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10 Least Expensive Public Medical Schools for In-State Students

The average annual cost of tuition and fees among these 10 medical schools is about $17,000.

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The U.S. News Short List, separate from our overall rankings, is a regular series that magnifies individual data points in hopes of providing students and parents a way to find which undergraduate or graduate programs excel or have room to grow in specific areas. Be sure to explore The Short List: College and The Short List: Grad School to find data that matters to you in your college or grad school search.

While paying for medical school is rarely an easy or cheap feat, going the in-state, public school route in lieu of attending a private school could save students tens of thousands of dollars.

Of the 49 private medical schools that submitted tuition and fees data to U.S. News for the 2011-2012 school year, the average total cost was $45,870 per year. That average cost drops to $28,812 when looking at the costs of the 64 public schools that submitted in-state tuition and fees data.

The average cost among the 10 least expensive medical schools for in-state students was $16,937. Nine of the ten schools are among the top 75 programs in the U.S. News Best Medical Schools rankings, in either research or primary care.

Eastern Carolina University's Brody School of Medicine in Greenville, N.C., tops the list of least expensive public medical schools for in-state students, with a total annual cost of $12,644. Brody's cost is less than half the in-state average among public medical schools, and less than a third the average among private medical schools.

Texas residents have several options for attending an inexpensive medical school. Among the 10 least costly medical schools for in-state students, 5 are in the Lone Star State, at schools in Bryan, Dallas, Houston, San Antonio, and Fort Worth.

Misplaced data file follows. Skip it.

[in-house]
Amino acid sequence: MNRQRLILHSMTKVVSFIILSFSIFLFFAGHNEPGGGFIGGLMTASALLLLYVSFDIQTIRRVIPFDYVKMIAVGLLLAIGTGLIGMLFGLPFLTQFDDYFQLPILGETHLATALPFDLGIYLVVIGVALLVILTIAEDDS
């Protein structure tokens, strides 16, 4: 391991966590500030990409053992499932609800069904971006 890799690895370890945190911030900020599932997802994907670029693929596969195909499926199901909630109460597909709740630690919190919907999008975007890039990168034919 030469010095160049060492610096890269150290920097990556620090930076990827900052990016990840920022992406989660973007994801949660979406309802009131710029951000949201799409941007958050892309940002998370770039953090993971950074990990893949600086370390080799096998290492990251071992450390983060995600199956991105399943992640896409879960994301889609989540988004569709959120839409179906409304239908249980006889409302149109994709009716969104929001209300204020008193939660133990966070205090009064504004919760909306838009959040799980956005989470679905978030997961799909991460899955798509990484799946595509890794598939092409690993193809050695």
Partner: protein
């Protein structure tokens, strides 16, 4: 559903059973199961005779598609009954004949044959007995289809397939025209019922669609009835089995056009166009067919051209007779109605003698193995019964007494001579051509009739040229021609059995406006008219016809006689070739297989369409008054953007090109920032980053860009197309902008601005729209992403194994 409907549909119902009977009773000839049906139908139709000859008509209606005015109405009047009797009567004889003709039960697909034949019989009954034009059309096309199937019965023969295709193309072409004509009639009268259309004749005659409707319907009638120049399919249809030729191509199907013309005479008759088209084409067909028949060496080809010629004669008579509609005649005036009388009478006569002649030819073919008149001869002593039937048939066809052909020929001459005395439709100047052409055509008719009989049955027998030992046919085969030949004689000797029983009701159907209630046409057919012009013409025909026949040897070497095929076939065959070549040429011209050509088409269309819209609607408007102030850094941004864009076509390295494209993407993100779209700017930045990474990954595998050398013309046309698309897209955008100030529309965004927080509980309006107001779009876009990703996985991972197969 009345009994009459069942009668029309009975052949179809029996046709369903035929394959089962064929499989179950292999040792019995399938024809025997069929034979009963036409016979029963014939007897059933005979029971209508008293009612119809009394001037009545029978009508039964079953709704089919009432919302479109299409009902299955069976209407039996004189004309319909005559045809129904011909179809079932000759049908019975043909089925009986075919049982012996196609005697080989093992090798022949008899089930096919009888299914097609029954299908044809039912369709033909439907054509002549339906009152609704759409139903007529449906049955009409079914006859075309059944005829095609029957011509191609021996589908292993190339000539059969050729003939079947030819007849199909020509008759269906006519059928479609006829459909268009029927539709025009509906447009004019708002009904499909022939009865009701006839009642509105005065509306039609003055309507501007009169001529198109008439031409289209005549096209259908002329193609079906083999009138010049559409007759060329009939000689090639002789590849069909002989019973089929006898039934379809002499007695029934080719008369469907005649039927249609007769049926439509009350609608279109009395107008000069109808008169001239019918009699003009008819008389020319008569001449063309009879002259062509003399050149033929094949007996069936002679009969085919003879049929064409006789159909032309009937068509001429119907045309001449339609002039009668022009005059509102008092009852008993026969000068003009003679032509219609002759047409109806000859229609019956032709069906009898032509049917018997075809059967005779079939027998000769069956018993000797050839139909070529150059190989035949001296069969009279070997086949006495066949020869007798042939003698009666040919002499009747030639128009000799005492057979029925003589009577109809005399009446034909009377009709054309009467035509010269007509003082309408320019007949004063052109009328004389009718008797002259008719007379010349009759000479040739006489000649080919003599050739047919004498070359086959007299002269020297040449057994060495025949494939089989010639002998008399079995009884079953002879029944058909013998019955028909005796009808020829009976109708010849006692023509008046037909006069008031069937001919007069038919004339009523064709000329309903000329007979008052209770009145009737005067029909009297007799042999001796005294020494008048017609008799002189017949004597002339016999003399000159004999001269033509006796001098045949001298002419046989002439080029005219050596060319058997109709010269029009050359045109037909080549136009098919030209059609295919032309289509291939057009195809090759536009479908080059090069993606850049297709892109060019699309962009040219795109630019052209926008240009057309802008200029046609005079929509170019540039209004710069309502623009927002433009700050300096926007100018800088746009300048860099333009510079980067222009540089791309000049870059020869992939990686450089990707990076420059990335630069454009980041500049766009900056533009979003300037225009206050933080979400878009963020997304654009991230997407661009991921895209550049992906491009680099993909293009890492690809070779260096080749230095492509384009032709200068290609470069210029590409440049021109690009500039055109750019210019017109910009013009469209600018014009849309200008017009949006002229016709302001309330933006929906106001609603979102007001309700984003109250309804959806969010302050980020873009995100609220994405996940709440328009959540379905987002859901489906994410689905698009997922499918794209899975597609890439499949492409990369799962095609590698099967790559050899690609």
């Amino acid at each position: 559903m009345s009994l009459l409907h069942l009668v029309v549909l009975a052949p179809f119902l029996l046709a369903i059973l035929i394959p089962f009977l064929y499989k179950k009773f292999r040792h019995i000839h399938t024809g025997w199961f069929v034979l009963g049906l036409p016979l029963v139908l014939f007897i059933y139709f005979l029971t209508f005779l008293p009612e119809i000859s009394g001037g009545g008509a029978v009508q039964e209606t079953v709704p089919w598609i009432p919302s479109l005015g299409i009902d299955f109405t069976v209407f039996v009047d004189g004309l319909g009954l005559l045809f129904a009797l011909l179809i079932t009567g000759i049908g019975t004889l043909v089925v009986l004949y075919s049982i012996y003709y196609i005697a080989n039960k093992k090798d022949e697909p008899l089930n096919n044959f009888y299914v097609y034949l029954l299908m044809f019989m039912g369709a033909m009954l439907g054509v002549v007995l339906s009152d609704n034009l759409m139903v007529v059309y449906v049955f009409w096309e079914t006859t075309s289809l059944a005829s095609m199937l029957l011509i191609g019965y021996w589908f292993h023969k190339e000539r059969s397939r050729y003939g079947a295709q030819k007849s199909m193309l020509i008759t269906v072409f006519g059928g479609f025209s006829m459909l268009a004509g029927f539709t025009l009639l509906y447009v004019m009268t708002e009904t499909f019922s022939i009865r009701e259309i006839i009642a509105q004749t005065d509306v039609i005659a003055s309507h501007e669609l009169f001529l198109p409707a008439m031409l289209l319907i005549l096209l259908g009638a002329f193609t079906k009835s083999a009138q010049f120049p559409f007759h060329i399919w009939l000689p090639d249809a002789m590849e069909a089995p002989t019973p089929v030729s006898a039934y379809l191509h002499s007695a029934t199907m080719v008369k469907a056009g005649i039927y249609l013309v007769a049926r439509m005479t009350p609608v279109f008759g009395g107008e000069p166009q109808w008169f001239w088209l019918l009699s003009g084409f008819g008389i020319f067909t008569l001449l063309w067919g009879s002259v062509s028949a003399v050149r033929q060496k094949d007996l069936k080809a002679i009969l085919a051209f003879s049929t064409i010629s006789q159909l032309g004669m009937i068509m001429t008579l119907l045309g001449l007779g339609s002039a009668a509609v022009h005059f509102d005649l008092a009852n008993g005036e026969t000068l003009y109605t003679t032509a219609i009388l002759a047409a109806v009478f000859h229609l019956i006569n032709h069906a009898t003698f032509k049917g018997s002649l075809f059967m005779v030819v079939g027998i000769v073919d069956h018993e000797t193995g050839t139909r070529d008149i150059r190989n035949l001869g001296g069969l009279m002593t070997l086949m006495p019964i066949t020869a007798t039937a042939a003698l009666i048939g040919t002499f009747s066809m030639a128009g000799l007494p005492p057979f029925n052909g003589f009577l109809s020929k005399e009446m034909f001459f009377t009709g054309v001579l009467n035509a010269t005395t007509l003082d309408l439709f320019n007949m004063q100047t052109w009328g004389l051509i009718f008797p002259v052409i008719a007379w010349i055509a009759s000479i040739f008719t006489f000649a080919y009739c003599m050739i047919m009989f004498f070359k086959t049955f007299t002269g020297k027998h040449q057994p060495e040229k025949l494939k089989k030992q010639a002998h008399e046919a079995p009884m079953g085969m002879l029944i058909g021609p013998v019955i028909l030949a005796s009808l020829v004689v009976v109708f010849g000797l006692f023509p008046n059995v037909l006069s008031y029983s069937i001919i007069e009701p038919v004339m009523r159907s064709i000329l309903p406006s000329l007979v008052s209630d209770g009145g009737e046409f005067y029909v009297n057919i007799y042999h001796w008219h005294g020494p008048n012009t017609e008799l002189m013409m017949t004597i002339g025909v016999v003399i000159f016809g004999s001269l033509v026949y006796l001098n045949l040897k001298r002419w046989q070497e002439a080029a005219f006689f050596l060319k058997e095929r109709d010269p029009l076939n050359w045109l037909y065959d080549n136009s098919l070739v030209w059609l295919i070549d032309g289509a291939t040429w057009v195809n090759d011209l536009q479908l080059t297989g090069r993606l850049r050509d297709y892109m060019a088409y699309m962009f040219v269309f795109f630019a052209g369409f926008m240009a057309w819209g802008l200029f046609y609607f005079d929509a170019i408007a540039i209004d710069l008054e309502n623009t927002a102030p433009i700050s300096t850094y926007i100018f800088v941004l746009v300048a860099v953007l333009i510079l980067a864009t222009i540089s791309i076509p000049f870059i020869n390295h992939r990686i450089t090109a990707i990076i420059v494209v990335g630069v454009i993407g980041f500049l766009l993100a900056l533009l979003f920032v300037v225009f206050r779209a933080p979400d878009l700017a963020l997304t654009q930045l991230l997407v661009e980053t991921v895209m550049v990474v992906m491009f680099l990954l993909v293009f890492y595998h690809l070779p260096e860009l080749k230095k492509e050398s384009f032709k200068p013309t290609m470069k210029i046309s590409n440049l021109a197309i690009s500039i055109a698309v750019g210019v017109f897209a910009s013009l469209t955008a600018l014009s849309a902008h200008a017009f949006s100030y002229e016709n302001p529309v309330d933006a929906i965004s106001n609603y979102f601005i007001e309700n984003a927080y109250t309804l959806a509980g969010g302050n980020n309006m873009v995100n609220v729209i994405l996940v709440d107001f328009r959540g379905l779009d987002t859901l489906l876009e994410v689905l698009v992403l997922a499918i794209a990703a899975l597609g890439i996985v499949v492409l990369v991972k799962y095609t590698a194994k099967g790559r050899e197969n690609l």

[Check out the 10 least expensive private medical schools.]

The F. Edward Hebert School of Medicine at the Uniformed Services University of the Health Sciences, a federal service postgraduate academy that charges $0 in tuition and fees in return for military service, was excluded from this list. Schools that were designated by U.S. News as Unranked also weren't considered for this report. U.S. News did not calculate a numerical ranking for Unranked programs because the program did not meet certain criteria that U.S. News requires to be numerically ranked.

Below is a table of the 10 least expensive public medical schools for first year, in-state students, based on tuition and required fees. The cost does not include room and board, books, and other miscellaneous costs:

Medical school (name) In-state tuition & fees (2011-2012) U.S. News research rank U.S. News primary care rank
East Carolina University (Brody) $12,644 RNP* 31
Texas A&M Health Science Center $15,037 83 71
University of Texas Health Science Center—Houston $15,713 55 RNP
University of North Carolina—Chapel Hill $15,844 21 2
University of Texas Southwestern Medical Center $16,640 20 21
University of Texas Health Science Center—San Antonio $16,965 67 52
University of North Texas Health Science Center $18,490 RNP 35
University of Massachusetts—Worcester $18,593 48 7
University of New Mexico $19,294 83 31
West Virginia School of Osteopathic Medicine $20,150 RNP RNP

*RNP denotes an institution that is ranked in the bottom one fourth of its rankings category. U.S. News calculates a rank for the school but has decided not to publish it.

Don't see your school in the top 10? Access the U.S. News Medical School Compass to find tuition data, complete rankings, and much more.

U.S. News surveyed more than 140 medical schools for our 2011 survey of research and primary care programs. Schools self-reported a myriad of data regarding their academic programs and the makeup of their student body, among other areas, making U.S. News's data the most accurate and detailed collection of college facts and figures of its kind. While U.S. News uses much of this survey data to rank schools for our annual Best Medical Schools rankings, the data can also be useful when examined on a smaller scale. U.S. News will now produce lists of data, separate from the overall rankings, meant to provide students and parents a means to find which schools excel, or have room to grow, in specific areas that are important to them. While the data come from the schools themselves, these lists are not related to, and have no influence over, U.S. News's rankings of Best Colleges or Best Graduate Schools.